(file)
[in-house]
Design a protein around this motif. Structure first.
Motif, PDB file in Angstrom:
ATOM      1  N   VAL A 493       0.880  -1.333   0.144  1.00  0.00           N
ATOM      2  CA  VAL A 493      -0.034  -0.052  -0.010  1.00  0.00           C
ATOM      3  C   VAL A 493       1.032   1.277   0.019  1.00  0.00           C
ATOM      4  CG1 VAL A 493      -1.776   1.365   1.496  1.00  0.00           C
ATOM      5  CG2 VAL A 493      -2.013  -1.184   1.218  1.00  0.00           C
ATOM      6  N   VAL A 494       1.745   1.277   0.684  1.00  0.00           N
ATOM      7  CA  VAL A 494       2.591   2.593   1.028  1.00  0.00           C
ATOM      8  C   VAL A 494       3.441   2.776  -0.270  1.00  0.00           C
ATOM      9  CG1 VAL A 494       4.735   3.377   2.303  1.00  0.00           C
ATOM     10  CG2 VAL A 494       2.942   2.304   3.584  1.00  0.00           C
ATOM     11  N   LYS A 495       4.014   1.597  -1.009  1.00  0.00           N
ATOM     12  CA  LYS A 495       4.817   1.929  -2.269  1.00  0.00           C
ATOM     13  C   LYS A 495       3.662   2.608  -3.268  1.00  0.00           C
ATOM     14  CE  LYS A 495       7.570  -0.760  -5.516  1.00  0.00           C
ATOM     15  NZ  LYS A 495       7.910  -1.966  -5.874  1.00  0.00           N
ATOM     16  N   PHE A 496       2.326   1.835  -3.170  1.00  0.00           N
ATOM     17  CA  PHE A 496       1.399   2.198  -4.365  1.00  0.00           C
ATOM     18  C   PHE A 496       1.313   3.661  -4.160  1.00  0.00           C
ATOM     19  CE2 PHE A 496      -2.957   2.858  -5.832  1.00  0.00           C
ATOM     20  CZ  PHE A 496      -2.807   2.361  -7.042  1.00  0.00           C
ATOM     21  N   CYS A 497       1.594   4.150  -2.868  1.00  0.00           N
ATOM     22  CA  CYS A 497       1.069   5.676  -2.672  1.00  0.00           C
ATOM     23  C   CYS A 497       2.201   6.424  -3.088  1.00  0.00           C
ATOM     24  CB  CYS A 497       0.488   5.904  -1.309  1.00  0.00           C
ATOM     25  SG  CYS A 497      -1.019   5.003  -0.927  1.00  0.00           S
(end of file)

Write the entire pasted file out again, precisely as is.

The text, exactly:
[in-house]
Design a protein around this motif. Structure first.
Motif, PDB file in Angstrom:
ATOM      1  N   VAL A 493       0.880  -1.333   0.144  1.00  0.00           N
ATOM      2  CA  VAL A 493      -0.034  -0.052  -0.010  1.00  0.00           C
ATOM      3  C   VAL A 493       1.032   1.277   0.019  1.00  0.00           C
ATOM      4  CG1 VAL A 493      -1.776   1.365   1.496  1.00  0.00           C
ATOM      5  CG2 VAL A 493      -2.013  -1.184   1.218  1.00  0.00           C
ATOM      6  N   VAL A 494       1.745   1.277   0.684  1.00  0.00           N
ATOM      7  CA  VAL A 494       2.591   2.593   1.028  1.00  0.00           C
ATOM      8  C   VAL A 494       3.441   2.776  -0.270  1.00  0.00           C
ATOM      9  CG1 VAL A 494       4.735   3.377   2.303  1.00  0.00           C
ATOM     10  CG2 VAL A 494       2.942   2.304   3.584  1.00  0.00           C
ATOM     11  N   LYS A 495       4.014   1.597  -1.009  1.00  0.00           N
ATOM     12  CA  LYS A 495       4.817   1.929  -2.269  1.00  0.00           C
ATOM     13  C   LYS A 495       3.662   2.608  -3.268  1.00  0.00           C
ATOM     14  CE  LYS A 495       7.570  -0.760  -5.516  1.00  0.00           C
ATOM     15  NZ  LYS A 495       7.910  -1.966  -5.874  1.00  0.00           N
ATOM     16  N   PHE A 496       2.326   1.835  -3.170  1.00  0.00           N
ATOM     17  CA  PHE A 496       1.399   2.198  -4.365  1.00  0.00           C
ATOM     18  C   PHE A 496       1.313   3.661  -4.160  1.00  0.00           C
ATOM     19  CE2 PHE A 496      -2.957   2.858  -5.832  1.00  0.00           C
ATOM     20  CZ  PHE A 496      -2.807   2.361  -7.042  1.00  0.00           C
ATOM     21  N   CYS A 497       1.594   4.150  -2.868  1.00  0.00           N
ATOM     22  CA  CYS A 497       1.069   5.676  -2.672  1.00  0.00           C
ATOM     23  C   CYS A 497       2.201   6.424  -3.088  1.00  0.00           C
ATOM     24  CB  CYS A 497       0.488   5.904  -1.309  1.00  0.00           C
ATOM     25  SG  CYS A 497      -1.019   5.003  -0.927  1.00  0.00           S